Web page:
The examination of the patient was conducted according to the principles of the Declaration of Helsinki.

The authors certify that they have obtained all appropriate patient consent forms, in which the patients gave their consent for images and other clinical information to be included in the journal. The patients understand that their names and initials will not be published and due effort will be made to conceal their identity, but that anonymity cannot be guaranteed.


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2. Wong JC, Thampy R, Cook A. Life expectancy following orbital exenteration. Br J Ophthalmol. 2015;99:1-4.

3. Rogers HW, Weinstock MA, Feldman SR, Coldiron BM. Incidence Estimate of Nonmelanoma Skin Cancer (Keratinocyte Carcinomas) in the U.S. Population, 2012. JAMA Dermatol. 2015;151:1081-6.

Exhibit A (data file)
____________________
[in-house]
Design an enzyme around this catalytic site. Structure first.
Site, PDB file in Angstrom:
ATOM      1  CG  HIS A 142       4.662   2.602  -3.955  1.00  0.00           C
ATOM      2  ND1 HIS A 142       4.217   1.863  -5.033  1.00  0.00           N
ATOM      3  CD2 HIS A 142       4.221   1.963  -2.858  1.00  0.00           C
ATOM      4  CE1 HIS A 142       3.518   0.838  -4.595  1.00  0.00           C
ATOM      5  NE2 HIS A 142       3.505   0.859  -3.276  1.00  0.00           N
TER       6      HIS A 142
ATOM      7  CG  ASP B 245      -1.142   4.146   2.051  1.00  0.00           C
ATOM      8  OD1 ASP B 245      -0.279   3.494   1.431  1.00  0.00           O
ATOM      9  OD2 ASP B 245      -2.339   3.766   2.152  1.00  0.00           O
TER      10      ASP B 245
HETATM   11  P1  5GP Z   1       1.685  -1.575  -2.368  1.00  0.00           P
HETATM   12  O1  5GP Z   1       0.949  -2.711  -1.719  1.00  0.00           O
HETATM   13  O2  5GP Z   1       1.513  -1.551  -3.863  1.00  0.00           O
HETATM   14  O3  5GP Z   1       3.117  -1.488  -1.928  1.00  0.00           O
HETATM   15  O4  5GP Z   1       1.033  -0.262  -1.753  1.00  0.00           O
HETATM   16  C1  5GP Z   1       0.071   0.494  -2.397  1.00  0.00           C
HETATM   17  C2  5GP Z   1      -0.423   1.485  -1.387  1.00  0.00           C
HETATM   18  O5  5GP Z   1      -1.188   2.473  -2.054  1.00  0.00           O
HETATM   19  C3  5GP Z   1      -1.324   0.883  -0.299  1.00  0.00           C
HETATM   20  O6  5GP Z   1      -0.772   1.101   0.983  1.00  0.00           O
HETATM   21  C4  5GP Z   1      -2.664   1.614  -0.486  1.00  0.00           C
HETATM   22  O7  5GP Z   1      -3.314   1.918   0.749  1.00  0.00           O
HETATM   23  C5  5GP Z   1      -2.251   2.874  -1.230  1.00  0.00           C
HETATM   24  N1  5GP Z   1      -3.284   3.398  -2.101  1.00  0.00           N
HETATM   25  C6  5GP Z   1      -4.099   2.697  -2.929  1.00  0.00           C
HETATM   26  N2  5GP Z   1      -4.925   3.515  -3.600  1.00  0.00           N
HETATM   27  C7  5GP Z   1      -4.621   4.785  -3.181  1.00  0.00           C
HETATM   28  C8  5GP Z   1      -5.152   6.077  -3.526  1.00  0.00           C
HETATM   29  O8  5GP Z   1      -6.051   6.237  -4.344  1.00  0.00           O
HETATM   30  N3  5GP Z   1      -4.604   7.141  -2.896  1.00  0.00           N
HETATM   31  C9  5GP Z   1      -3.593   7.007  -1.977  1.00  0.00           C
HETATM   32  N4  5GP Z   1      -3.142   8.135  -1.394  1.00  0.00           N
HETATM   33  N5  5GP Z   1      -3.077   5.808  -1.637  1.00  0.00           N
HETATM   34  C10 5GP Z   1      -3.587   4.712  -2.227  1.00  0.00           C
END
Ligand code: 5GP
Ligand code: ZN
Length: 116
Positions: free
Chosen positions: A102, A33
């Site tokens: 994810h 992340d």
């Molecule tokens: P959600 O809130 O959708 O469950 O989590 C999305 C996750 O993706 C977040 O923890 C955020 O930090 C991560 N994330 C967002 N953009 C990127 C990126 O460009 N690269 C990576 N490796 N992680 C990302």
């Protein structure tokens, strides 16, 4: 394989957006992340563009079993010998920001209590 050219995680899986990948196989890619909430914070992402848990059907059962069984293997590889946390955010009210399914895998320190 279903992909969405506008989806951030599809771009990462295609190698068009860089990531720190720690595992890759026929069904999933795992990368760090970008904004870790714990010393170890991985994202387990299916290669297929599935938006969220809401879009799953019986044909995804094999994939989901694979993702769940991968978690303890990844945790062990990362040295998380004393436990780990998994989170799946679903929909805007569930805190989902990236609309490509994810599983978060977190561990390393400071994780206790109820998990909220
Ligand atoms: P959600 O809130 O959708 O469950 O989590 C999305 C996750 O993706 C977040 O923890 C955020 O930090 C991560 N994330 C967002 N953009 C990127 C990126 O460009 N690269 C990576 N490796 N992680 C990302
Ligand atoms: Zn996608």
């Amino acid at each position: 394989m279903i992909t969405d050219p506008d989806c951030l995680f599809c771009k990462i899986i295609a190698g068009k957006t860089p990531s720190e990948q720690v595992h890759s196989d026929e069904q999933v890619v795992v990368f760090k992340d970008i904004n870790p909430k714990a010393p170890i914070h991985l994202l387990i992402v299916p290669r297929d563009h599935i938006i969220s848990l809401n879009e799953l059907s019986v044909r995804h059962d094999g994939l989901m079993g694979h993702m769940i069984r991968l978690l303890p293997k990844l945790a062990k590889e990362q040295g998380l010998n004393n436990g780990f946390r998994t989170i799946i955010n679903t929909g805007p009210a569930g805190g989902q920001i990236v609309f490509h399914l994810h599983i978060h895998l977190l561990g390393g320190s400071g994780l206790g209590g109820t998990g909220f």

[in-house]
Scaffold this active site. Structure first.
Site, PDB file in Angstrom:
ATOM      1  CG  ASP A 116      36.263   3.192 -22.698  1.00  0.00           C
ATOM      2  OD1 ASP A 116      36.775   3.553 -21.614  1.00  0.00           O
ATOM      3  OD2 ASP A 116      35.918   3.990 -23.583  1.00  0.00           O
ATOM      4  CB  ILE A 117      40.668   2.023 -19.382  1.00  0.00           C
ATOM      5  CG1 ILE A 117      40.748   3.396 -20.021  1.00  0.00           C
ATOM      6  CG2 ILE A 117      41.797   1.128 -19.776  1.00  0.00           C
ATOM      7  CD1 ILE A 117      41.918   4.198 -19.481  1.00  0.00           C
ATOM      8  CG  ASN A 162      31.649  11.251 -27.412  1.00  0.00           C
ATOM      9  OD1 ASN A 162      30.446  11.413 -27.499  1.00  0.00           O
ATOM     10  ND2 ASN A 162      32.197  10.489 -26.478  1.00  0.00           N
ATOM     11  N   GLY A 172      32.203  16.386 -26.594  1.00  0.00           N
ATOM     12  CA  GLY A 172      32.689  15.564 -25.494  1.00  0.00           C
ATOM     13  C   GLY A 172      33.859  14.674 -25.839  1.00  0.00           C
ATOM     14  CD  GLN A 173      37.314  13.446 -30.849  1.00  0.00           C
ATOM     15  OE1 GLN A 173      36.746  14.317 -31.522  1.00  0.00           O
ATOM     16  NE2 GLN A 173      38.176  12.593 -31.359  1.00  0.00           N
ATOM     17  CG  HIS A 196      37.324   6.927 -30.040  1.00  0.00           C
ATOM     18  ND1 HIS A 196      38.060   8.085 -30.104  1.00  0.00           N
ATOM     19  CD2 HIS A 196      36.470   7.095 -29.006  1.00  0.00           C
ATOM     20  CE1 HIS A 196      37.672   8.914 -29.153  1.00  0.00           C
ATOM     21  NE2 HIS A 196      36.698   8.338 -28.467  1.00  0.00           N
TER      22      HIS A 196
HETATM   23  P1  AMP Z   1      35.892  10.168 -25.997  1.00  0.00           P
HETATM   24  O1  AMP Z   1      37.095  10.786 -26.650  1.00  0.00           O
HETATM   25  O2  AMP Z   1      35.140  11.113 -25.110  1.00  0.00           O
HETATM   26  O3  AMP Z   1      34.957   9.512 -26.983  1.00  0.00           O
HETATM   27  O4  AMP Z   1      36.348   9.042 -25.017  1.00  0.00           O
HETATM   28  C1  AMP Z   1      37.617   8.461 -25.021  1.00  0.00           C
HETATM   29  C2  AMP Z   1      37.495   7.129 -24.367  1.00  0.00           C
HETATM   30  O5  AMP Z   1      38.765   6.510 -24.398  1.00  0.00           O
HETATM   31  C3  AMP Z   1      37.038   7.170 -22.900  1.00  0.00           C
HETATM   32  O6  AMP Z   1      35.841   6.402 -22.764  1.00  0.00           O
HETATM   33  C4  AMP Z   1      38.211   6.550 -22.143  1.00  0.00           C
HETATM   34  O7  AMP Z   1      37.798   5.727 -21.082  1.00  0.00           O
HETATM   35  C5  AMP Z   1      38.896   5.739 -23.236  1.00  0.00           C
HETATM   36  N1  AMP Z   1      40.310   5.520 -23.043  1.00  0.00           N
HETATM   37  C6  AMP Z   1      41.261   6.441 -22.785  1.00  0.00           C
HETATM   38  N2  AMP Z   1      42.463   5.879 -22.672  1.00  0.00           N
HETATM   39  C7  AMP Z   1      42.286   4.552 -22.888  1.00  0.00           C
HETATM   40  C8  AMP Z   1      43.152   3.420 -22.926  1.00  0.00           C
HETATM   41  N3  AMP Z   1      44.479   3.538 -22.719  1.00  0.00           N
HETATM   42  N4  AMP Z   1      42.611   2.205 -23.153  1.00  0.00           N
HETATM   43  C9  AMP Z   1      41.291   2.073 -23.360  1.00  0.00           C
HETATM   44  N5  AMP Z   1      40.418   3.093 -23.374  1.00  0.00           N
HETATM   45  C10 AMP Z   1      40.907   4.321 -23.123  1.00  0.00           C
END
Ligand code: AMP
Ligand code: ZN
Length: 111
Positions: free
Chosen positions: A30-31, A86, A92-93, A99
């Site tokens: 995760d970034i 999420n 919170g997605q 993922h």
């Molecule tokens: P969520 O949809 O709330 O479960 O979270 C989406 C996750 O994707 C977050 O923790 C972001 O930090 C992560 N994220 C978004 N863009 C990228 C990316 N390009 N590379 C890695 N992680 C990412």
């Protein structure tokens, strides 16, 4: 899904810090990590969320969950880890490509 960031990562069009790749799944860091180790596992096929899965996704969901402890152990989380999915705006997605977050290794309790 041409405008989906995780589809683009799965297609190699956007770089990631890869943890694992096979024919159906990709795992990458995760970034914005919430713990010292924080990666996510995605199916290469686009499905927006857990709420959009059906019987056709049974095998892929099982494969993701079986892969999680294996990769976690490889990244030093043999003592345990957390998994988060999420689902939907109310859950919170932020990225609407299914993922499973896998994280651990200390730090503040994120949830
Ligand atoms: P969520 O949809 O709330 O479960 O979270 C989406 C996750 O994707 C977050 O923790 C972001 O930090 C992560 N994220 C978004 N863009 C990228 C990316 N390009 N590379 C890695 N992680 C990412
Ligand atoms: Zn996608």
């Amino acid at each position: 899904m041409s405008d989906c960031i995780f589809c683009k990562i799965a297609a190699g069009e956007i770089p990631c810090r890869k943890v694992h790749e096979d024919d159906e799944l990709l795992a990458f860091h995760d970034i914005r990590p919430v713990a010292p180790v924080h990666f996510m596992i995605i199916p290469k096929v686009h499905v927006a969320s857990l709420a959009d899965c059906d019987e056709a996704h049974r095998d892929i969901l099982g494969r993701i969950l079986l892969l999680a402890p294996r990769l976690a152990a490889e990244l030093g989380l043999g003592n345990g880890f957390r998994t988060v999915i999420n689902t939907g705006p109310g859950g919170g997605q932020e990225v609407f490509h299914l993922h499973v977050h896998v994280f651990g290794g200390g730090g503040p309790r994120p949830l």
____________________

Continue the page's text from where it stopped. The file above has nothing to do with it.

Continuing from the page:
4. Iuliano A, Strianese D, Uccello G, Diplomatico A, Tebaldi S, BonavolontàG. Risk factors for orbital exenteration in periocular Basal cell carcinoma. Am J Ophthalmol. 2012;153:238-41.

5. Sun MT, Wu A, Figueira E, Huilgol S, Selva D. Management of periorbital basal cell carcinoma with orbital invasion. Future Oncol. 2015;11:3003-10.

6. Sagiv O, Ding S, Ferrarotto R, Glisson B, Altan M, Johnson F, et al. Impact of food and drug administration approval of vismodegib on prevalence of orbital exenteration as a necessary surgical treatment for locally advanced periocular basal cell carcinoma. Ophthalmic Plast Reconstr Surg. 2019;35:350-3.

7. Gąsiorowski K, Iwulska K, Zapała J, Wyszyńska-Pawelec G. Periocular basal cell carcinoma:recurrence risk factors/when to reoperate?Post Dermatol Alergol. 2020;37:927-31.


Source of Support: Nil,

Conflict of Interest: None declared.